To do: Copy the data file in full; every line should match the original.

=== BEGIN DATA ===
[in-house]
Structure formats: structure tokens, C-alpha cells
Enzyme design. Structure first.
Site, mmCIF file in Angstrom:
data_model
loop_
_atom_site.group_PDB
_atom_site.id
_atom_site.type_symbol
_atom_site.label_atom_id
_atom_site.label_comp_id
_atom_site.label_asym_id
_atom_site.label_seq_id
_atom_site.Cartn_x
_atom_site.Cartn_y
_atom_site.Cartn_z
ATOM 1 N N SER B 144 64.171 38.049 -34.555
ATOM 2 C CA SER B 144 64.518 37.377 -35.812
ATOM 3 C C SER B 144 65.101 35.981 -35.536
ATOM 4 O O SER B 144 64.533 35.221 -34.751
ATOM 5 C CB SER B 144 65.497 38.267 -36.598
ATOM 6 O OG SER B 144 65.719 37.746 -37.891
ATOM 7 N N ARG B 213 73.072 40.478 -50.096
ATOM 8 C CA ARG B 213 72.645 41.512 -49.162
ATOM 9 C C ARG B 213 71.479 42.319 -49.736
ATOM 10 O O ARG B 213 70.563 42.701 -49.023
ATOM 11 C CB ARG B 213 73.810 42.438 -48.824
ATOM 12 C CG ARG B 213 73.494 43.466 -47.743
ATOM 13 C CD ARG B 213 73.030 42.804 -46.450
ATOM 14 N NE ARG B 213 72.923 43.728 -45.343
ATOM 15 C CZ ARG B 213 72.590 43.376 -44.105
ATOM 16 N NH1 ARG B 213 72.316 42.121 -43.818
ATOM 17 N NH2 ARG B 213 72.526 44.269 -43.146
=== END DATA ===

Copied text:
[in-house]
Structure formats: structure tokens, C-alpha cells
Enzyme design. Structure first.
Site, mmCIF file in Angstrom:
data_model
loop_
_atom_site.group_PDB
_atom_site.id
_atom_site.type_symbol
_atom_site.label_atom_id
_atom_site.label_comp_id
_atom_site.label_asym_id
_atom_site.label_seq_id
_atom_site.Cartn_x
_atom_site.Cartn_y
_atom_site.Cartn_z
ATOM 1 N N SER B 144 64.171 38.049 -34.555
ATOM 2 C CA SER B 144 64.518 37.377 -35.812
ATOM 3 C C SER B 144 65.101 35.981 -35.536
ATOM 4 O O SER B 144 64.533 35.221 -34.751
ATOM 5 C CB SER B 144 65.497 38.267 -36.598
ATOM 6 O OG SER B 144 65.719 37.746 -37.891
ATOM 7 N N ARG B 213 73.072 40.478 -50.096
ATOM 8 C CA ARG B 213 72.645 41.512 -49.162
ATOM 9 C C ARG B 213 71.479 42.319 -49.736
ATOM 10 O O ARG B 213 70.563 42.701 -49.023
ATOM 11 C CB ARG B 213 73.810 42.438 -48.824
ATOM 12 C CG ARG B 213 73.494 43.466 -47.743
ATOM 13 C CD ARG B 213 73.030 42.804 -46.450
ATOM 14 N NE ARG B 213 72.923 43.728 -45.343
ATOM 15 C CZ ARG B 213 72.590 43.376 -44.105
ATOM 16 N NH1 ARG B 213 72.316 42.121 -43.818
ATOM 17 N NH2 ARG B 213 72.526 44.269 -43.146